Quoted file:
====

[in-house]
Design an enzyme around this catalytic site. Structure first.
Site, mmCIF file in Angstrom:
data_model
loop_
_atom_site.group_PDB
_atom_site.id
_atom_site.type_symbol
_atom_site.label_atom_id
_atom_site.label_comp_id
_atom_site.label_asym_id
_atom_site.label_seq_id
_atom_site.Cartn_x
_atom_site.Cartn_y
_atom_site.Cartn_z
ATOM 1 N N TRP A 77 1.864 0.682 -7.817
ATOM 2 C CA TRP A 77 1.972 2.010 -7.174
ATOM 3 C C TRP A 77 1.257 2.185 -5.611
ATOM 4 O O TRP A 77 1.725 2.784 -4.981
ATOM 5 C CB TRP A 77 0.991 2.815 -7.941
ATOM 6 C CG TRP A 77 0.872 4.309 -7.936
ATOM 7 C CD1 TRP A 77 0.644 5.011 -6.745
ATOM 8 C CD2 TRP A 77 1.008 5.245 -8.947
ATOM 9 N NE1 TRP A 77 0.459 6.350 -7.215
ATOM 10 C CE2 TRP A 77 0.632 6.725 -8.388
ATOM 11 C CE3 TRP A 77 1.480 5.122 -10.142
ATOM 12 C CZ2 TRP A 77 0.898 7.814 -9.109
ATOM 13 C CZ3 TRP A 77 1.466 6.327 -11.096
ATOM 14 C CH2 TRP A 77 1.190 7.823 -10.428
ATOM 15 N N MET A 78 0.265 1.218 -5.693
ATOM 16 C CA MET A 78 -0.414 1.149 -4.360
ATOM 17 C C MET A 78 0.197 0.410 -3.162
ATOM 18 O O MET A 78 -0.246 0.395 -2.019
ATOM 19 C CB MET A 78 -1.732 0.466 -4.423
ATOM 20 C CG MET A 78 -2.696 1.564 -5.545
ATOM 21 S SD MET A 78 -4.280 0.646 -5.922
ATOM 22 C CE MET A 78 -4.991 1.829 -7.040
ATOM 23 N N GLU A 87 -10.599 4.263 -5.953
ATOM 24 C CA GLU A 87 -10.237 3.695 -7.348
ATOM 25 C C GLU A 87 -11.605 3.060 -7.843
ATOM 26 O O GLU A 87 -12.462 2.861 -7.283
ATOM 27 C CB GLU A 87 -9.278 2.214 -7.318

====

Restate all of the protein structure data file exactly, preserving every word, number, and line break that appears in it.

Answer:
[in-house]
Design an enzyme around this catalytic site. Structure first.
Site, mmCIF file in Angstrom:
data_model
loop_
_atom_site.group_PDB
_atom_site.id
_atom_site.type_symbol
_atom_site.label_atom_id
_atom_site.label_comp_id
_atom_site.label_asym_id
_atom_site.label_seq_id
_atom_site.Cartn_x
_atom_site.Cartn_y
_atom_site.Cartn_z
ATOM 1 N N TRP A 77 1.864 0.682 -7.817
ATOM 2 C CA TRP A 77 1.972 2.010 -7.174
ATOM 3 C C TRP A 77 1.257 2.185 -5.611
ATOM 4 O O TRP A 77 1.725 2.784 -4.981
ATOM 5 C CB TRP A 77 0.991 2.815 -7.941
ATOM 6 C CG TRP A 77 0.872 4.309 -7.936
ATOM 7 C CD1 TRP A 77 0.644 5.011 -6.745
ATOM 8 C CD2 TRP A 77 1.008 5.245 -8.947
ATOM 9 N NE1 TRP A 77 0.459 6.350 -7.215
ATOM 10 C CE2 TRP A 77 0.632 6.725 -8.388
ATOM 11 C CE3 TRP A 77 1.480 5.122 -10.142
ATOM 12 C CZ2 TRP A 77 0.898 7.814 -9.109
ATOM 13 C CZ3 TRP A 77 1.466 6.327 -11.096
ATOM 14 C CH2 TRP A 77 1.190 7.823 -10.428
ATOM 15 N N MET A 78 0.265 1.218 -5.693
ATOM 16 C CA MET A 78 -0.414 1.149 -4.360
ATOM 17 C C MET A 78 0.197 0.410 -3.162
ATOM 18 O O MET A 78 -0.246 0.395 -2.019
ATOM 19 C CB MET A 78 -1.732 0.466 -4.423
ATOM 20 C CG MET A 78 -2.696 1.564 -5.545
ATOM 21 S SD MET A 78 -4.280 0.646 -5.922
ATOM 22 C CE MET A 78 -4.991 1.829 -7.040
ATOM 23 N N GLU A 87 -10.599 4.263 -5.953
ATOM 24 C CA GLU A 87 -10.237 3.695 -7.348
ATOM 25 C C GLU A 87 -11.605 3.060 -7.843
ATOM 26 O O GLU A 87 -12.462 2.861 -7.283
ATOM 27 C CB GLU A 87 -9.278 2.214 -7.318